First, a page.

Your cat will slowly begin to learn to fetch, and you can use the clicker to train them while slowly taking away treats. If your cat is disinterested in playing the game after a few tries or if they don't seem to be getting it once you've tried several times in a row, put the toy away and try again later. Don't force your cat to do it, as they will become stressed and less likely to learn. Some cats just don't like to play fetch, and that's OK.
Fetch can be a great exercise for your cat and playing fetch will bring endless entertainment to you both.
4. Training Your Cat to Play Dead
Not many people know this, but you can train a cat to play dead. Word association is the name of the game with this trick.
While your cat is lying on the floor, gently place your hand on them and say, "Play dead." Try this several times before moving on to the next step.
Call your cat to you with a treat, then gently nudge your cat to a laying position with a side roll as you say, "Play dead." At the same time, administer a click and a treat. The verbal cue is especially important for them to learn at this stage. Repeat this stage several times so that they learn that "play dead" means for them to flop down on the floor.
Remove Your Hand
Say "play dead" without touching your cat, and as they lay down, give them a click and a treat.
After lots of practice, your cat will have learned the verbal cue "play dead," and as you say it, they will flop over on their back.
Playing dead will take a lot of practice to master, but once your cat gets it down, it's a funny trick that is sure to entertain anyone who visits with your kitty.
5. Training How to Jump Through a Hoop
Yes, you can even teach your cat to jump through a hoop! This activity is the hardest on the list to tackle, but it's something that your cat can learn with lots of repetition.
Start With a Small Hoop
Vetstreet recommends using a child-sized hoop without any lights or sounds attached to it.
Get Your Cat Used to the Hoop
Let your cat get used to the hoop lying on the ground as they sniff it to check it out before attempting any tricks. Once they seem comfortable around the hoop, you can raise it or attach it to a stand. Be sure to reward your cat with a treat any time it makes contact with the hoop.
Once your cat has become accustomed to the hoop, slowly drag a toy with a string lure through the hoop as you hold the hoop on the floor. The idea is to get your cat to follow the toy as they walk through the hoop. Once they walk through, use a clicker and administer a treat.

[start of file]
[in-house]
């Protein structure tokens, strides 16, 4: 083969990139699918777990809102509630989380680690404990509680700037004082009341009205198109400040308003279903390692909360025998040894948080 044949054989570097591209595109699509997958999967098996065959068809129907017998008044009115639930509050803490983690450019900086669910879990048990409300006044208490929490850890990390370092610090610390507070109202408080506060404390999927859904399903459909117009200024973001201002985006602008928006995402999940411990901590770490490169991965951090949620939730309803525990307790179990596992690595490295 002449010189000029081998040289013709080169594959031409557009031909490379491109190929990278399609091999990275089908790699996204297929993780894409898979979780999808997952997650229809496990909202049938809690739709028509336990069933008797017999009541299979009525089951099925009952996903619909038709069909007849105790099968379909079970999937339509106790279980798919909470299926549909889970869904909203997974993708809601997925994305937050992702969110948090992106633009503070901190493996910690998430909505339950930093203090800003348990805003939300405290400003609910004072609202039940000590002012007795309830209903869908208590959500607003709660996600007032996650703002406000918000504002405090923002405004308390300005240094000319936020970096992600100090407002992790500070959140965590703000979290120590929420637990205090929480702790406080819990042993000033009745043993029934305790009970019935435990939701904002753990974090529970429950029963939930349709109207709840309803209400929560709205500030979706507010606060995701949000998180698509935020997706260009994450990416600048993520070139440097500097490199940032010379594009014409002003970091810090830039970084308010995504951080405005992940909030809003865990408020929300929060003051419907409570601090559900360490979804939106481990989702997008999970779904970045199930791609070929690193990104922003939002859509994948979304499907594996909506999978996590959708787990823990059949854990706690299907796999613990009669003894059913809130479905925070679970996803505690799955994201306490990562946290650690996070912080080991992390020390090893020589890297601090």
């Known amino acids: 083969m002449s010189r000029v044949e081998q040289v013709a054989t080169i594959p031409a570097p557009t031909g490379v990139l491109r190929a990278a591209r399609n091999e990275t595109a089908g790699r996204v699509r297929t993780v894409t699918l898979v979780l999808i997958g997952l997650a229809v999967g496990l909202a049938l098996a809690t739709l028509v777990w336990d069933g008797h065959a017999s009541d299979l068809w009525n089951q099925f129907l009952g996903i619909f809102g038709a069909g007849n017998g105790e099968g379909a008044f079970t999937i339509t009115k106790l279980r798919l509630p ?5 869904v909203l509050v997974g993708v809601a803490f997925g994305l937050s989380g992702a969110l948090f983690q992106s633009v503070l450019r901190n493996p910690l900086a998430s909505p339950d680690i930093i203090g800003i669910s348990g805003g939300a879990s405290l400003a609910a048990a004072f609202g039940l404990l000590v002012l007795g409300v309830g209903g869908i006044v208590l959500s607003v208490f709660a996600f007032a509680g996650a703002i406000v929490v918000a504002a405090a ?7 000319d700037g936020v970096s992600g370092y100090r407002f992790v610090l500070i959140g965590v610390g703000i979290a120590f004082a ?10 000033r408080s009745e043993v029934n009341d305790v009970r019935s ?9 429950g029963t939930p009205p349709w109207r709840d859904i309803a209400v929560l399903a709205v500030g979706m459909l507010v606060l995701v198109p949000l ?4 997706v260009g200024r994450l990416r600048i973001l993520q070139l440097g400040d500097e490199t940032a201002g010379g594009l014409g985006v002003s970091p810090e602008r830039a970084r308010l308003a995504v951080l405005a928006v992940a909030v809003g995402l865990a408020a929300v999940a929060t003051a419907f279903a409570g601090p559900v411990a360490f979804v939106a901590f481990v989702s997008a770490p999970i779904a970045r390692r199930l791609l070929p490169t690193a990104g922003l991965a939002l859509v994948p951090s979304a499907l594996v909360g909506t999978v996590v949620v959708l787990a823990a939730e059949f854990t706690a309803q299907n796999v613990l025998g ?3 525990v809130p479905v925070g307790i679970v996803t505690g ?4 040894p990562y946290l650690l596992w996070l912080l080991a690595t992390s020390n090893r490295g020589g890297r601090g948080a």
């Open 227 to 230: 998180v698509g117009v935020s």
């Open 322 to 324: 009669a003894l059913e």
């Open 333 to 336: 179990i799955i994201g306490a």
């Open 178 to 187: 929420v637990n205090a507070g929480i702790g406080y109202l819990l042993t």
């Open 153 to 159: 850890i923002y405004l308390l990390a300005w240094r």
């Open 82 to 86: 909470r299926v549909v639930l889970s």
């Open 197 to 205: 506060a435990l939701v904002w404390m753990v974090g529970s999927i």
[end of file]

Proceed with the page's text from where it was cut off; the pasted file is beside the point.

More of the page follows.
Remove the Lure
Use treats to guide your cat through the hoop by letting them smell the treat first, then clicking and giving them a treat once they've walked through the hoop.
Raise the Hoop
Each time you guide your cat through the hoop, raise it slightly so that they gradually have to step a little higher each time to get over it, progressing to a hop. Don't administer a treat if they walk under the hoop; start over to try it again. If they seem disinterested, put the hoop away and try again another day.
Use Word Association
Choose a word such as "hoop" or "jump" that you use every time they go through the hoop. Your cat will eventually learn to associate the word with the activity. Once your cat has mastered jumping through the hoop with your guidance, you can say the word and then offer a click and a treat once they have jumped through without your guidance. With tons of practice, you can eventually remove the treat and just say "hoop" or "jump" to get your cat to jump through.
This trick will likely take several weeks for your cat to master. Stop practicing if your cat seems upset or disinterested in the trick. Speak to your veterinarian before teaching your cat this trick to make sure that they're in good enough health to jump through hoops.
6. Train Your Cat to High Five
Training your cat to high-five is a fun trick that’s fairly easy to teach if you're using a clicker-based training method. All you need are tasty treats as a reward and a target, like the post-it notes used in this video. Follow along and watch as your cat picks up this trick.
Quick Tips for Training Cats
Cats don't respond to negative reinforcement or punishment. It stresses them out and causes an adverse reaction to what you're trying to get them to do. To train your kitty, you must use positive reinforcement to teach them new tricks. With a clicker, some moist treats, and a lot of patience, you can train your cat to do any of these fun activities!
Fun Bonding Time With your Cat
Learning new activities can make your cat feel more confident, and give you both the fun time together to relax and enjoy. Even if your cat chooses not to do one of these, give another one a try. You never know, your kitty might be a kitty-hoop-star in the making!